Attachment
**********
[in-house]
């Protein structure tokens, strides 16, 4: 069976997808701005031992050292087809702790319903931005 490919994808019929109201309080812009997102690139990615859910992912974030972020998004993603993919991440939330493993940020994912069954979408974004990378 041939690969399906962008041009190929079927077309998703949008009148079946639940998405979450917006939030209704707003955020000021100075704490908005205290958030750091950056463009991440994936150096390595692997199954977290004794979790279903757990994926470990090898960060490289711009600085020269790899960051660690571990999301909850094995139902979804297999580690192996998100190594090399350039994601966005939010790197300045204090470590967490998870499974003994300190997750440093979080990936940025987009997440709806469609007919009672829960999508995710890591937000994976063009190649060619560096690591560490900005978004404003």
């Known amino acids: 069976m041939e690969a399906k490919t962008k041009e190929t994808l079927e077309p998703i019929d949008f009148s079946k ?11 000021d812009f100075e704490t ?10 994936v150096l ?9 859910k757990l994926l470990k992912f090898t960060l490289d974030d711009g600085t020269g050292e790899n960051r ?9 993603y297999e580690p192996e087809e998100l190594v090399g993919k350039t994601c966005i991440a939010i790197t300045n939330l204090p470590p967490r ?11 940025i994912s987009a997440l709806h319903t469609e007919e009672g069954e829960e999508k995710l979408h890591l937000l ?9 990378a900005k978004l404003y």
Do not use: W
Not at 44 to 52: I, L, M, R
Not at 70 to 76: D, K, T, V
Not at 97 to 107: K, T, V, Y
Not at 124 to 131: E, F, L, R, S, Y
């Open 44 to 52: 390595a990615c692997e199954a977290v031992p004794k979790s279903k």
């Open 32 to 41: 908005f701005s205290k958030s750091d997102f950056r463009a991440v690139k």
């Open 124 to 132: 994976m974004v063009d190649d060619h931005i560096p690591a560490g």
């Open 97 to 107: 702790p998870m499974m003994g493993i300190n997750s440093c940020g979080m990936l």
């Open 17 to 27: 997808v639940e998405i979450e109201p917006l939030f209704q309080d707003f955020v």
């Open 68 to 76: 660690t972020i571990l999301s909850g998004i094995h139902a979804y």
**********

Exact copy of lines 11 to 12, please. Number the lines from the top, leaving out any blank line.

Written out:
């Open 124 to 132: 994976m974004v063009d190649d060619h931005i560096p690591a560490g």
């Open 97 to 107: 702790p998870m499974m003994g493993i300190n997750s440093c940020g979080m990936l």